After testing HIV positive last summer, a U.S. Army dental hygienist in Hanau, Germany was bounced from a clinic job and returned to the United States. Army officials made HIV counseling and testing available to some 1,100 soldiers and family members treated by the technician, who for 16 months provided "noninvasive" dental care such as teeth cleaning and X-rays. Because the soldier was "absolutely meticulous in dental hygiene," there was "virtually no risk" of HIV transmission, according to Army spokesperson Barbara Slifer.
Through a campaign in local media and registered mail, Army officials announced that patients at the Hanau clinic had been seen by a hygienist with HIV. Of 220 patients identified, 136 have had HIV tests. All have tested negative. Slifer said the soldier's name, age and sex were not disclosed, and that the soldier had already left Gemrany-Army policy allows none of its estimated 1,300 HIV positive personnel to serve overseas. Slifer adds she did not know whether the soldier would be permitted to work as a hygienist or continue to serve in the Army.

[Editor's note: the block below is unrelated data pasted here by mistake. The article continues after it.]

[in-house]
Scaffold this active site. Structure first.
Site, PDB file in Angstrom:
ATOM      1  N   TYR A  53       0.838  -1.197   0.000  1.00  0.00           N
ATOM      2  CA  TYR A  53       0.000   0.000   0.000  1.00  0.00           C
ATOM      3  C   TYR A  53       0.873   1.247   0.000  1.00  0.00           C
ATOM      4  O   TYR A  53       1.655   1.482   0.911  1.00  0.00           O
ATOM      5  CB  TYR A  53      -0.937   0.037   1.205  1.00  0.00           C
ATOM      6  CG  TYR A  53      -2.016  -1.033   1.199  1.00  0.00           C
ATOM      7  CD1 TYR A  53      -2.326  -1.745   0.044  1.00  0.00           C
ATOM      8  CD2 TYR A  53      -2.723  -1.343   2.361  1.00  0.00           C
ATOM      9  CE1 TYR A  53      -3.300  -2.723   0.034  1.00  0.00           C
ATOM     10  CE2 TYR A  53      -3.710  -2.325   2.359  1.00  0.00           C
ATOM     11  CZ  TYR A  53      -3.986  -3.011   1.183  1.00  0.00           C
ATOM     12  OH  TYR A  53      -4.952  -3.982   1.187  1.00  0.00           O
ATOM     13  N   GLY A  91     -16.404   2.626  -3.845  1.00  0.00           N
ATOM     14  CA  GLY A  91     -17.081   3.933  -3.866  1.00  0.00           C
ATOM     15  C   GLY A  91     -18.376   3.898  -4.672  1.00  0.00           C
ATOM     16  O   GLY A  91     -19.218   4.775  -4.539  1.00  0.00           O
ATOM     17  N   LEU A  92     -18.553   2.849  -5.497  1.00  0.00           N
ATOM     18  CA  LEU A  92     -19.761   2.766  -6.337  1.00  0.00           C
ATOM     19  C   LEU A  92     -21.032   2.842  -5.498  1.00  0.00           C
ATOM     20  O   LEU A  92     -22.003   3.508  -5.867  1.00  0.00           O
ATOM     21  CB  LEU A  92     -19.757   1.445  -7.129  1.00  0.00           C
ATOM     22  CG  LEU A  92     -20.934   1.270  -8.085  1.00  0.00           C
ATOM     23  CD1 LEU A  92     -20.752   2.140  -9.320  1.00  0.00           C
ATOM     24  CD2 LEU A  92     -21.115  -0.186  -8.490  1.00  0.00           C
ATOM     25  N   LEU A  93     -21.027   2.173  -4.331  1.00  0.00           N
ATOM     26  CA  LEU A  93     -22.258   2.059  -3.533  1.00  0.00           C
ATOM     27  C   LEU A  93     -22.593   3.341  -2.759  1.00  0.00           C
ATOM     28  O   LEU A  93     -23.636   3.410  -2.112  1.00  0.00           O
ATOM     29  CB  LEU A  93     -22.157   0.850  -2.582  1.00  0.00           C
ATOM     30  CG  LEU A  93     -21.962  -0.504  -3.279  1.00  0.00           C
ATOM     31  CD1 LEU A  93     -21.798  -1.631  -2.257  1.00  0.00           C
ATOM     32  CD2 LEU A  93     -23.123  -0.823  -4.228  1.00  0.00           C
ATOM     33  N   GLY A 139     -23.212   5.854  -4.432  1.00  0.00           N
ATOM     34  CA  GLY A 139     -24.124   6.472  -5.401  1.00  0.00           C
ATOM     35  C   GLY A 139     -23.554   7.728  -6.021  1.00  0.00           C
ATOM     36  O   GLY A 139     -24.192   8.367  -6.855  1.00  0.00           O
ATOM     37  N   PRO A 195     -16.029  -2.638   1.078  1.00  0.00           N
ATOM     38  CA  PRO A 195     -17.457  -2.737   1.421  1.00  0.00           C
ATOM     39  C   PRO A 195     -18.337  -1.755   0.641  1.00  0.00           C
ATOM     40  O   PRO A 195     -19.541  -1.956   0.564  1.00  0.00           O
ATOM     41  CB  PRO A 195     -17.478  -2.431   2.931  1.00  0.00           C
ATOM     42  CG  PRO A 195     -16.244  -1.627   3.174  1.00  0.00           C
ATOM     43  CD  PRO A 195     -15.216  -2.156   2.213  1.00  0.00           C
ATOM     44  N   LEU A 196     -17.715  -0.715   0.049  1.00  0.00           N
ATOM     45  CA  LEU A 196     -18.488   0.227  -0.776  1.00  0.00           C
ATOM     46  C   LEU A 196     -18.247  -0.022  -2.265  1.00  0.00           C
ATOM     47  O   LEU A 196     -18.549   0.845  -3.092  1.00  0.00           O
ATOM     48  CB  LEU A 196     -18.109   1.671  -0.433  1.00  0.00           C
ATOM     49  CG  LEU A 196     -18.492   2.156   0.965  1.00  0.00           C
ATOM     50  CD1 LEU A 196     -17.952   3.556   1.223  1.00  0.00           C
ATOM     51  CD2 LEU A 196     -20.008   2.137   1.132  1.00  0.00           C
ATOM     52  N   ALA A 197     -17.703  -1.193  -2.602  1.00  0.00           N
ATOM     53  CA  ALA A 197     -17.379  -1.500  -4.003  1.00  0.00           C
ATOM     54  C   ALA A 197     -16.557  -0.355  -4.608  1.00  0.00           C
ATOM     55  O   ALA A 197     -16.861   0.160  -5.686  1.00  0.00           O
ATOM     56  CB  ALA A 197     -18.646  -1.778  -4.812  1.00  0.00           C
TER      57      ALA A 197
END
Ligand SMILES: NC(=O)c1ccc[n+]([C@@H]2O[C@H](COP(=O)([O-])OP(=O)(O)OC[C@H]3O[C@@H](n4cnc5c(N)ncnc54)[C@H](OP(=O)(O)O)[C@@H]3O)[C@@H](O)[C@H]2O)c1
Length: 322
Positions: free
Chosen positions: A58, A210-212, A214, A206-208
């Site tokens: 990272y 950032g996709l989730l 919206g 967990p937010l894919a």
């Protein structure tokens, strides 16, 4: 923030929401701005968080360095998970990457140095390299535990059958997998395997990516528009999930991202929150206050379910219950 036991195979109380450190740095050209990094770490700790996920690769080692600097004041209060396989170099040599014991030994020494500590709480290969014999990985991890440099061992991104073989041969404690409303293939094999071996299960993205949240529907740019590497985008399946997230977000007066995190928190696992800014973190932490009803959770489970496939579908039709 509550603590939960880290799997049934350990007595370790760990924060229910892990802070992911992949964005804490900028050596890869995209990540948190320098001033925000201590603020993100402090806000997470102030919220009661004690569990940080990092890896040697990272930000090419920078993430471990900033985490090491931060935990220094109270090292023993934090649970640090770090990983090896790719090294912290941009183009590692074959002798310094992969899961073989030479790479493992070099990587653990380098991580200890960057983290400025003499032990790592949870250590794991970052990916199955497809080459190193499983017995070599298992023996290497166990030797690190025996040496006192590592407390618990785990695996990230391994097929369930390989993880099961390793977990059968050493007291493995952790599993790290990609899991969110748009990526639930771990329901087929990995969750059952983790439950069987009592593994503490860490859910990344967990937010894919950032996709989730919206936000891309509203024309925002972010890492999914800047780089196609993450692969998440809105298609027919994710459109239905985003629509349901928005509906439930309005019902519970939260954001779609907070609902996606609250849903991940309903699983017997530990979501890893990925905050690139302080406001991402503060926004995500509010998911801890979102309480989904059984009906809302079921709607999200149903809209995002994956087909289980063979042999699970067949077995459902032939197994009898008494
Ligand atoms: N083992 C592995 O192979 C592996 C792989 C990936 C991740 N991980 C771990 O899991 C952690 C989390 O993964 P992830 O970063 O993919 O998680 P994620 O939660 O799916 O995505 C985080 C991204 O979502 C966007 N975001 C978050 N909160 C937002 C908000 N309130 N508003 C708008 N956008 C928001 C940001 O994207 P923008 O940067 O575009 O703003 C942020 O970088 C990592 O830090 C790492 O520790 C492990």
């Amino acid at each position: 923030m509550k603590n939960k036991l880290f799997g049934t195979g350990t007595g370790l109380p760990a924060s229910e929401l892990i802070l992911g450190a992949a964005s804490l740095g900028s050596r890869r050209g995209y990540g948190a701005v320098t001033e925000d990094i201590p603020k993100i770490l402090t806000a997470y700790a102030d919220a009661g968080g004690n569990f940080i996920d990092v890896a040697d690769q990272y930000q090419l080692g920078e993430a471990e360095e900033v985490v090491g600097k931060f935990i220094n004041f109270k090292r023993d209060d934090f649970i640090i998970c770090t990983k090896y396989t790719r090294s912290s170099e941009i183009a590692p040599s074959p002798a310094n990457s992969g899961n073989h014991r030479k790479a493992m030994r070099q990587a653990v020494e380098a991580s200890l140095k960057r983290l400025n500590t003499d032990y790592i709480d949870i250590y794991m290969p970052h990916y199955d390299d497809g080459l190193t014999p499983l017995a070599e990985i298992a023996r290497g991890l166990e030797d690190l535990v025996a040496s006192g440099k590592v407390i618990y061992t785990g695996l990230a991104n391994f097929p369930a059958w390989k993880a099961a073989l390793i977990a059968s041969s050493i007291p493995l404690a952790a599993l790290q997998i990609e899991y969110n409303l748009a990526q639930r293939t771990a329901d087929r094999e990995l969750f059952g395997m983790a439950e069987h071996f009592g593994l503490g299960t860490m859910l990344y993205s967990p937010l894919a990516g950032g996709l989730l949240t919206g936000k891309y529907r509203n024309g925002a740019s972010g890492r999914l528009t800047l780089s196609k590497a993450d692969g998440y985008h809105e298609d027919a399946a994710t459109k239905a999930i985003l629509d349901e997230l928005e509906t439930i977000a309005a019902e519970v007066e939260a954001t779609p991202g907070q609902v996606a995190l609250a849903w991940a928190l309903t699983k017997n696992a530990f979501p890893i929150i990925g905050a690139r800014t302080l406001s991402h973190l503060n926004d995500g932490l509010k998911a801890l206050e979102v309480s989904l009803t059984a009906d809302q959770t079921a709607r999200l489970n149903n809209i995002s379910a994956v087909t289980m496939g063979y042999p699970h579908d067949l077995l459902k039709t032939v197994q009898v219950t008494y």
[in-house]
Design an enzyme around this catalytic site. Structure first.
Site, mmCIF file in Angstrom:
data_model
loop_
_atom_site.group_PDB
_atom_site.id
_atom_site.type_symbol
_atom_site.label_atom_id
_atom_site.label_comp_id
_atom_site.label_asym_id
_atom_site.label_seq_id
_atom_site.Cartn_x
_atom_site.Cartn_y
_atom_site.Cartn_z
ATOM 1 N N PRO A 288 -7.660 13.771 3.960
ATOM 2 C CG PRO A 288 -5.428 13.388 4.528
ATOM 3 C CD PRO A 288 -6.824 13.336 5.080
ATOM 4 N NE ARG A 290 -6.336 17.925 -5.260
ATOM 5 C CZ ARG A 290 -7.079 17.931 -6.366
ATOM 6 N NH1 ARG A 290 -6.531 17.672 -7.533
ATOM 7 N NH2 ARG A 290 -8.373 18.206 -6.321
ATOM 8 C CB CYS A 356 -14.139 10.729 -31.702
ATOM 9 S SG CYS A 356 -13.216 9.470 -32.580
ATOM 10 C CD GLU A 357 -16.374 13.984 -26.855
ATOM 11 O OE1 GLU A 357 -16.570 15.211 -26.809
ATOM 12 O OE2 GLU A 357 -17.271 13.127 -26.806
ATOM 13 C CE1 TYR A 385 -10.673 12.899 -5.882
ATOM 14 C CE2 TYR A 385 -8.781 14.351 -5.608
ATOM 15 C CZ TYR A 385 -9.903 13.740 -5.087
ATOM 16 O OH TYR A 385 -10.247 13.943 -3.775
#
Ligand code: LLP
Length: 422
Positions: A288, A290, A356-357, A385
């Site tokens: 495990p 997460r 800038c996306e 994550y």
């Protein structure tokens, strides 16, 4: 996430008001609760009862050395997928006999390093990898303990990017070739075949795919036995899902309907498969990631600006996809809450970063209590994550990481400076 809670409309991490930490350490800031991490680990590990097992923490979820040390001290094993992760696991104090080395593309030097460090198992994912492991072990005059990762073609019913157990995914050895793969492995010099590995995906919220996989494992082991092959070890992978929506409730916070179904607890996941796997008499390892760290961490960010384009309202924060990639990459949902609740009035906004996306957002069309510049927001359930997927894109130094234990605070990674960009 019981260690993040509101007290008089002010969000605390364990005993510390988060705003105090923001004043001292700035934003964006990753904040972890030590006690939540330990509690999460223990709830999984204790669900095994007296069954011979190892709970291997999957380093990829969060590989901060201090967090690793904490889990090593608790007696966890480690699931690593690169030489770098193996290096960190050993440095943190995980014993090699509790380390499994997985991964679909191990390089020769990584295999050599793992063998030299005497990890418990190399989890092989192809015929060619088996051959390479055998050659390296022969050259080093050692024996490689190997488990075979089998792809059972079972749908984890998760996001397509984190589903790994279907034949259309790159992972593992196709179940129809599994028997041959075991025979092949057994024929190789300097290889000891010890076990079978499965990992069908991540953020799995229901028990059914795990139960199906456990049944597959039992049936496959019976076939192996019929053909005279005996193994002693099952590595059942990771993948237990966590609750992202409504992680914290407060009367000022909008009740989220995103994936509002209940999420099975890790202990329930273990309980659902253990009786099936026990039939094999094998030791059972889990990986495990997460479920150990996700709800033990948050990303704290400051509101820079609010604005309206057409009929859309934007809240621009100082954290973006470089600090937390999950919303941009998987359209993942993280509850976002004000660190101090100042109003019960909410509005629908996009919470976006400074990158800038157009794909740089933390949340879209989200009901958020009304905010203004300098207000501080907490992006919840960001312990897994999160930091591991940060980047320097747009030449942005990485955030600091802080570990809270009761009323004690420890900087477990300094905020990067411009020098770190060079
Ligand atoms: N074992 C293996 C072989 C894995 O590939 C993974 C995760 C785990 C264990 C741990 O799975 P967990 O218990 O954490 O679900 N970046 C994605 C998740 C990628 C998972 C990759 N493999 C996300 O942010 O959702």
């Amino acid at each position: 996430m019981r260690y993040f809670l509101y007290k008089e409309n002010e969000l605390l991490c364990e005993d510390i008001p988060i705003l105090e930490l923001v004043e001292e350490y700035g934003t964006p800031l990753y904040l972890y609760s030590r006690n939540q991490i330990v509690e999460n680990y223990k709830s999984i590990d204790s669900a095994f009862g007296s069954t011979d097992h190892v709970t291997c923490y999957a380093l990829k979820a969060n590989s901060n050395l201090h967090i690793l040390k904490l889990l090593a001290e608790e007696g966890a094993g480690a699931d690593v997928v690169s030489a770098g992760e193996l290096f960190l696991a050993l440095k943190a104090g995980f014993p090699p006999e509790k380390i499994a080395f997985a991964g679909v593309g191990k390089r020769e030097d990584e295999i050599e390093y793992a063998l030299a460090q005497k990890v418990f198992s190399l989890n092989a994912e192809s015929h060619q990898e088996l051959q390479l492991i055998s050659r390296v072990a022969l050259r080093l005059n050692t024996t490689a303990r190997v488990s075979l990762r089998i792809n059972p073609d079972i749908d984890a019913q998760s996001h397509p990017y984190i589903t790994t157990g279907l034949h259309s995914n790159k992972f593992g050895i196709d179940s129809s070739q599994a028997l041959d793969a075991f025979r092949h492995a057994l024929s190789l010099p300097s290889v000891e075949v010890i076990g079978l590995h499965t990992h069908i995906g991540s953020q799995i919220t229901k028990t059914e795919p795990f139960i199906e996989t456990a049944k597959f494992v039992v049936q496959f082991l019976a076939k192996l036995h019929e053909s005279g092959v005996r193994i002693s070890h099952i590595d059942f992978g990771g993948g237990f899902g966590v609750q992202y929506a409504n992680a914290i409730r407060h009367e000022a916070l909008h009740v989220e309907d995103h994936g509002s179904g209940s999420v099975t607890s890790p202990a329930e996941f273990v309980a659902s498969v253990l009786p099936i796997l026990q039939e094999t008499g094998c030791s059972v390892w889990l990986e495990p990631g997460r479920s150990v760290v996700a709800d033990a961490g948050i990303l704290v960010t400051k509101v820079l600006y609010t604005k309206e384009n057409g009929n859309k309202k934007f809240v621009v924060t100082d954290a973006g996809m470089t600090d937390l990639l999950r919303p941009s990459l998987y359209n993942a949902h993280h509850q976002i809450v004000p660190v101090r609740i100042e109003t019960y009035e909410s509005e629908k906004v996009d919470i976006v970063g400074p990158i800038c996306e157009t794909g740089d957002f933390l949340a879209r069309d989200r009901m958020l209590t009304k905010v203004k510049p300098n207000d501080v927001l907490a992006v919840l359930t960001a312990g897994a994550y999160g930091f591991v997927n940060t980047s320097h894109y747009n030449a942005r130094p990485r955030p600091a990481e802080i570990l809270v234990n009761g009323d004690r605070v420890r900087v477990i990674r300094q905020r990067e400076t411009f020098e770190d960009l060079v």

But American Dental Association spokesperson Chris Martin said these measures are both unnecessary and unjust. "Having HIV is no reason for a medical professional to discontinue his or her practice. The Centers for Disease Control and Prevention's guidelines for health care workers offer sufficient protection against HIV transmission."
According to the CDC, which has investigated more than 15,000 patients of 32 HIV positive dentists and doctors, the only possible instance of transmission was the oft-disputed 1990 case of Florida dentist David Acer, who allegedly infected Kimberly Bergalis and four other patients.